No Christian athlete draws more media catcalls than New York Jets quarterback Tim Tebow. CBSChicago.com writer Dan Bernstein dismissed Tebow as “little more than an affable simpleton” and slammed his fans as “lunatic-fringe cultists.” Columnist Rabbi Joshua Hammerman of The Jewish Week expressed his desire that Tebow’s Broncos would lose a playoff game because a Broncos victory would “buoy his faithful, and emboldened faithful can do insane things, like burning mosques, bashing gays and indiscriminately banishing immigrants.” Radio host Craig Carton was the latest to jump on the anti-Tebow bandwagon, calling him a “fraud” and complaining that he “clearly thinks he is Jesus” on his August 14 radio show.
The Olympic Games, which begin this week, is an exhibition of the sportsmanship, teamwork, and the competitive spirit that make sports so enjoyable. But for many in the media, sports is just another excuse to engage in divisive political commentary. The sports media transform an apolitical past-time into a forum for their own politics.
Progressives have actively attempted to remake the Olympics into a celebration of their own political ideals. From calls to make the summer Games “a forum for the promotion of LGBT rights,” to criticism of the International Olympic Committee as “the 1 percent of the 1 percent,” lefties care less about the thrill of victory and the agony of defeat than using the world’s biggest sporting event to pound for their pet causes.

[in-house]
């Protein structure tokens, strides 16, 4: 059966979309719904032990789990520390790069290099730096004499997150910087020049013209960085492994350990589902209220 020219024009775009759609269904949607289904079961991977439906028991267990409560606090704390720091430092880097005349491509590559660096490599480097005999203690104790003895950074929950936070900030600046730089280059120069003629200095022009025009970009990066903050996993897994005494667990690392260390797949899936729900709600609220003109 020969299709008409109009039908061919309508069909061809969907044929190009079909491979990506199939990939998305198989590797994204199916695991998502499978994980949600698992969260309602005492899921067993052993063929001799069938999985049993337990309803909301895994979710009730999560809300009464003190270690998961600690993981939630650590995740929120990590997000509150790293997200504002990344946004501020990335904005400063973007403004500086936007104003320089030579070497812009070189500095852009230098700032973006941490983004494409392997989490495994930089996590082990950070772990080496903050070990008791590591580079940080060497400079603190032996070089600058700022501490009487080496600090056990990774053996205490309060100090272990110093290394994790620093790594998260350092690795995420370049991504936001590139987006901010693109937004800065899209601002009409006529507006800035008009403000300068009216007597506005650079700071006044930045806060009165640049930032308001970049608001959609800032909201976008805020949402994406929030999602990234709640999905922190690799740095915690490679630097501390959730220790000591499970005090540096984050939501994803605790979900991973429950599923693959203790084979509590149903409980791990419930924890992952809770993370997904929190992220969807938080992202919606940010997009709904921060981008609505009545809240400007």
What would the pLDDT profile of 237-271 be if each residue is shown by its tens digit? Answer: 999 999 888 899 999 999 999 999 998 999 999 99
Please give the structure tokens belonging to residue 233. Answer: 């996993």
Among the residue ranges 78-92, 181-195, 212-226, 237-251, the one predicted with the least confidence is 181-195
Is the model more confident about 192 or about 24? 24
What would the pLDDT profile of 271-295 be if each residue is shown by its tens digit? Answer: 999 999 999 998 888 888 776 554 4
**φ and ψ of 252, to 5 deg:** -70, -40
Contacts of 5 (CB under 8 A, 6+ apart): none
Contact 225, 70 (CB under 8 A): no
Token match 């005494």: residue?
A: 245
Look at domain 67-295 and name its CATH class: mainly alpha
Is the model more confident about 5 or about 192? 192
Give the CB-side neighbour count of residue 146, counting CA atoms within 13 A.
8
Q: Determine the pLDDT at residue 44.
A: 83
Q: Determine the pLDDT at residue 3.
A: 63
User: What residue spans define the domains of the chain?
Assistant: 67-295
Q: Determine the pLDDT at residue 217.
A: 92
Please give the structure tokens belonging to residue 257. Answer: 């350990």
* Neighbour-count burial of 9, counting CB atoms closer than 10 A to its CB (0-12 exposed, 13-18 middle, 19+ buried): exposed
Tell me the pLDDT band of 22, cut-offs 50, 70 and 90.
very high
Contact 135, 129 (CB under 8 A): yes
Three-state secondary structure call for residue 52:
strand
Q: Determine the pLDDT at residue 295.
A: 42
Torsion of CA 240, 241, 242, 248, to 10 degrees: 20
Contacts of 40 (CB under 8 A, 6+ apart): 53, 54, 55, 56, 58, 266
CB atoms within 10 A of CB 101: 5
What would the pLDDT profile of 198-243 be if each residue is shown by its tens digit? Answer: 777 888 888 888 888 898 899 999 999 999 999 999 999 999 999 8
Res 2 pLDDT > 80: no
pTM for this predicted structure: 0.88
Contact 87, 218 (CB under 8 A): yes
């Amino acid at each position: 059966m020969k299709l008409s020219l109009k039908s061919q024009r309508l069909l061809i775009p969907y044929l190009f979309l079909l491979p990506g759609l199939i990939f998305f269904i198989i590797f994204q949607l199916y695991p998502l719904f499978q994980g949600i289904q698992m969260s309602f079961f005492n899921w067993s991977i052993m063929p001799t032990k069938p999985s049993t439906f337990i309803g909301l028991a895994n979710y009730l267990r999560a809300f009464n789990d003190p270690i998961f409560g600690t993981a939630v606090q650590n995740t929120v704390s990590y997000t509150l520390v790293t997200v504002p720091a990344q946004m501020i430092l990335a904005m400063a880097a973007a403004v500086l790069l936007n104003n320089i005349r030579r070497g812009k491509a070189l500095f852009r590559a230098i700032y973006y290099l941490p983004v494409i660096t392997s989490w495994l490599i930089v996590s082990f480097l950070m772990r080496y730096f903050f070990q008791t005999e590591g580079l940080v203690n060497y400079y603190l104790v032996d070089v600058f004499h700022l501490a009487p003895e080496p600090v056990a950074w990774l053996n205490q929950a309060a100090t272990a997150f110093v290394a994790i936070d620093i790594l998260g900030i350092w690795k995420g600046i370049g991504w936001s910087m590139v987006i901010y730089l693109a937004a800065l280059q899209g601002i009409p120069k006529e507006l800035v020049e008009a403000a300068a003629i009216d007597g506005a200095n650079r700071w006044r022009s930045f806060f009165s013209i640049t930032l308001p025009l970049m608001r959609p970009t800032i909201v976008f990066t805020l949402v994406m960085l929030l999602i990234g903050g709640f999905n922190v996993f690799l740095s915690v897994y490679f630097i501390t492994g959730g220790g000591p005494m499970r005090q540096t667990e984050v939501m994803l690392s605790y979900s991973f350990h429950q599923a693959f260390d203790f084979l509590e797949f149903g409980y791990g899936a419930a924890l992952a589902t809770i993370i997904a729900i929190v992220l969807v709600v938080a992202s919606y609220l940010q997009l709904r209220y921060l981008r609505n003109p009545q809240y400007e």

ESPN's Grantland website jumped on the bash Manny Pacquiao bandwagon on Thursday by giving a platform to a homosexual activist, who predictably trashed the Catholic Church as she took the Filipino boxing sensation to task for defending traditional marriage.
Writer Laurel Fantauzzo ripped the "the Church's cruel, untrue dictates about me," and promised if he didn't "evolve" like President Obama, "I'll simply have to sigh wearily and turn away from you, the way I've turned away from all of the idiotic bigots I've come across in my life, carrying a cross or a heavy book or a Constitution."
Ben Maller skewered Filipino boxing champion Manny Pacquiao as a "homophobic boxing superstar" and a "bigoted boxer" in a Wednesday post on ThePostgame.com, an online magazine of Yahoo! Sports. Pacquiao had criticized the redefinition of marriage in a Friday interview: "It [marriage] should not be of the same sex so as to adulterate the altar of matrimony, like in the days of Sodom and Gomorrah of old."
Maller, who is also a talk radio host for Fox Sports Radio, also trumpeted that the boxer, "long a darling of Madison Avenue, figures to lose a number of endorsements and fans over his intolerant, bullheaded position."
Wherever devout Christian quarterback Tim Tebow goes, he is dogged by the hatred of those who cannot stand him or his faith. Tebow was traded from the Denver Broncos to the New York Jets amid much media fanfare, and some sportswriters naturally used the occasion to engage in personal attacks on Tebow, his religion, and his fans.
MSNBC invited Nation sports editor Dave Zirin to give his opinion on Tebow’s move to New York. Zirin bizarrely argued that “there are a lot of LGBT people that live in New York City who are also football fans”and that “the new, possibly, starting quarterback for the New York Jets wants them to move backwards 30 or 40 years.”(The Denver Broncos refused to participate in anti-heterosexual Dan Savage’s “It Gets Better Project” when Tebow was still on the Broncos, drawing the ire of the gay community and the left-wing media.)
The dictionary.com definitions of "taunt" including the following: as a verb, "to reproach in a sarcastic, insulting, or jeering manner; mock" and "to provoke by taunts; twit"; as a noun, "an insulting gibe or sarcasm; scornful reproach or challenge."